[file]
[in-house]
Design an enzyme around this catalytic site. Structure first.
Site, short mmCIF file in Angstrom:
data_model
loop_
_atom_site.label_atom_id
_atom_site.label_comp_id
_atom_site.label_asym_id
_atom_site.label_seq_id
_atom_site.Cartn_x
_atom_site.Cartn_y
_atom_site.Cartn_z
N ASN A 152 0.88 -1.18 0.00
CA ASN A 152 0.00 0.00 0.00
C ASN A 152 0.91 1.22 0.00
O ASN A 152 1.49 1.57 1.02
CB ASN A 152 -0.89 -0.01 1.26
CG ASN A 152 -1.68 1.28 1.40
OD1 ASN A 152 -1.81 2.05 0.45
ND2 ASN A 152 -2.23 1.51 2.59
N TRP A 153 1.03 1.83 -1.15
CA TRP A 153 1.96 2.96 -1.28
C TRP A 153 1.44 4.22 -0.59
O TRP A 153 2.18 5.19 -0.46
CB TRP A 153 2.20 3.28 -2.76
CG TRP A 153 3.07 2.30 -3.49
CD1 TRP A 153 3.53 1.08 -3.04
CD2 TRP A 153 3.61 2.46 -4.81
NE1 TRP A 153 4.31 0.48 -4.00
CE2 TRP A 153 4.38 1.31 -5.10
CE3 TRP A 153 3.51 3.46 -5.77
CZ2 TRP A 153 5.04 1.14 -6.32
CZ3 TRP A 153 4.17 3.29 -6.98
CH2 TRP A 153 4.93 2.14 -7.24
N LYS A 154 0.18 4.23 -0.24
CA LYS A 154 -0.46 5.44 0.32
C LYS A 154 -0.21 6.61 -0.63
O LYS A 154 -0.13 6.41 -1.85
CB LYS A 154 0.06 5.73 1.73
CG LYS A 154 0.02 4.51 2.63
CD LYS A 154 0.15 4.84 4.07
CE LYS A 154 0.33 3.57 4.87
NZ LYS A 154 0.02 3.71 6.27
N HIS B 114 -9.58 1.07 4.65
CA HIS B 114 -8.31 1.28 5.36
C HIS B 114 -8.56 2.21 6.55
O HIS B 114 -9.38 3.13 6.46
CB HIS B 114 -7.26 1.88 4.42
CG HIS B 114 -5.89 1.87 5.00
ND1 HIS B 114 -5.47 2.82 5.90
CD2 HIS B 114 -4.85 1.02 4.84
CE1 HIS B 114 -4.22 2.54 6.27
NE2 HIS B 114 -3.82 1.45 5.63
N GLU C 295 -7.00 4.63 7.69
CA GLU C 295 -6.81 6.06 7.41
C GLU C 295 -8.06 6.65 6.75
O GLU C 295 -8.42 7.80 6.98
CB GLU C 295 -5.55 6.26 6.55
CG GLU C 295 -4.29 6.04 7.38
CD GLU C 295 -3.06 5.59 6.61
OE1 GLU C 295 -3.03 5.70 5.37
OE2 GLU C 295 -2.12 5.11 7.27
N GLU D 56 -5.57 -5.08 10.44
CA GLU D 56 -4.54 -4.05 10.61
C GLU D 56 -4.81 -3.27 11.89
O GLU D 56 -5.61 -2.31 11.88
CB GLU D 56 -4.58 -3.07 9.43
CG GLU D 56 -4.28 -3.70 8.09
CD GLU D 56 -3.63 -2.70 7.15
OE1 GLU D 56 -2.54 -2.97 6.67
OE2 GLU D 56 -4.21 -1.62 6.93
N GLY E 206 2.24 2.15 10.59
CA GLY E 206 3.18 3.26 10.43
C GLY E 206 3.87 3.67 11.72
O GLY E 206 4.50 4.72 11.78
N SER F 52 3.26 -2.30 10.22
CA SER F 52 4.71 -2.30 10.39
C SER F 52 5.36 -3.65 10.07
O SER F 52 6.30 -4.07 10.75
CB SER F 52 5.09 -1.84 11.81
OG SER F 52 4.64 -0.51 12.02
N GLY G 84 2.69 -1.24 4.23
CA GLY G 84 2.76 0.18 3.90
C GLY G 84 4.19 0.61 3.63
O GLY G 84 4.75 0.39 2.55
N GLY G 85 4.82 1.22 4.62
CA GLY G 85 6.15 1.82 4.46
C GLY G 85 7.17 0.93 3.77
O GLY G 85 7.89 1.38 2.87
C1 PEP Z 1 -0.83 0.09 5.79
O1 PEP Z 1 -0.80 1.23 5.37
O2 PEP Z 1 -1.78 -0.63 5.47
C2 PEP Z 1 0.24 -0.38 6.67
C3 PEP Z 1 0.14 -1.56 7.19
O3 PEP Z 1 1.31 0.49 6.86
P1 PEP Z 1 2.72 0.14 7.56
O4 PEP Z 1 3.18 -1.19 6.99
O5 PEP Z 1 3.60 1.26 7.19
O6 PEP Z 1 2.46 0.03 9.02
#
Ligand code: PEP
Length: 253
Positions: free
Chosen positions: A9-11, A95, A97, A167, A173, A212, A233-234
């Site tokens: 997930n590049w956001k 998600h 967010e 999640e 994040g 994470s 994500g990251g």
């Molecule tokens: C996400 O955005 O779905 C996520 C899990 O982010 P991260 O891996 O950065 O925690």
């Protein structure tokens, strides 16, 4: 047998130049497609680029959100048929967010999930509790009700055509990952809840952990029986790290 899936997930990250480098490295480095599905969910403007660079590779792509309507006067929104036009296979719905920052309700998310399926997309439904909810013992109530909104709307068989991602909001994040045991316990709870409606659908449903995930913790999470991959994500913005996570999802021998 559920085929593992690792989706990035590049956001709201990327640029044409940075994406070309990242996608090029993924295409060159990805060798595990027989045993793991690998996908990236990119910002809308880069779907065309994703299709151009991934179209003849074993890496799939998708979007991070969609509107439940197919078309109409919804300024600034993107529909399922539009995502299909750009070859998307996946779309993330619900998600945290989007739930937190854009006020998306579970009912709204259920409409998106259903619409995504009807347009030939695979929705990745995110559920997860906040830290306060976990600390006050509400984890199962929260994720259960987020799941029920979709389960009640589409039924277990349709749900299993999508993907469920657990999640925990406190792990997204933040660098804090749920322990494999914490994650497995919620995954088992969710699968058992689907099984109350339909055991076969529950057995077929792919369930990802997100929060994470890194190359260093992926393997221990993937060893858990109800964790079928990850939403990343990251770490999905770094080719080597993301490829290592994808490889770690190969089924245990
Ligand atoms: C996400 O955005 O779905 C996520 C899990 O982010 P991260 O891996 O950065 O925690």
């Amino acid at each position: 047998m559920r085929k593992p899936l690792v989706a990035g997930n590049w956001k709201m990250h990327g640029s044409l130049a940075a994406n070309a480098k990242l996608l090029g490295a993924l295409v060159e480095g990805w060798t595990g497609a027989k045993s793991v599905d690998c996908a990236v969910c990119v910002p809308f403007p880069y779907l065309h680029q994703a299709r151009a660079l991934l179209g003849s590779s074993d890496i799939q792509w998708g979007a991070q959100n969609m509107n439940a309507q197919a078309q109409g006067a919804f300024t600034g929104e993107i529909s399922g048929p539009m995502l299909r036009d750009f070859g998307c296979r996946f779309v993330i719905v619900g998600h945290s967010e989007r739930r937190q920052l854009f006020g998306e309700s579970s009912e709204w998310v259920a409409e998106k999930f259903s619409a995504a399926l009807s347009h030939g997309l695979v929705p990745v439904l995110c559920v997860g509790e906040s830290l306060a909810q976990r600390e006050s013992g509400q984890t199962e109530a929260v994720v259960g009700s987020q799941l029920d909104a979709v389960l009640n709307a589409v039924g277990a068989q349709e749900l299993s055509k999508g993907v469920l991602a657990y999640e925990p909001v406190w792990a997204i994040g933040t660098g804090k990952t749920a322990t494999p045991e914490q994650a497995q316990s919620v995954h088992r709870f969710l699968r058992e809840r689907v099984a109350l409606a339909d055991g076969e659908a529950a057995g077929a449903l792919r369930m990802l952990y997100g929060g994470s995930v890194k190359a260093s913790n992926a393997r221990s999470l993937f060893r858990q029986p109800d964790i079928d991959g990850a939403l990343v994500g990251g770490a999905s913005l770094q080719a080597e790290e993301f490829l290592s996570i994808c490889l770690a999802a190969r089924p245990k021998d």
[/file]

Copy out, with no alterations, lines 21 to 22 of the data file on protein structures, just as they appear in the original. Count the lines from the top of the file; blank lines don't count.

N TRP A 153 1.03 1.83 -1.15
CA TRP A 153 1.96 2.96 -1.28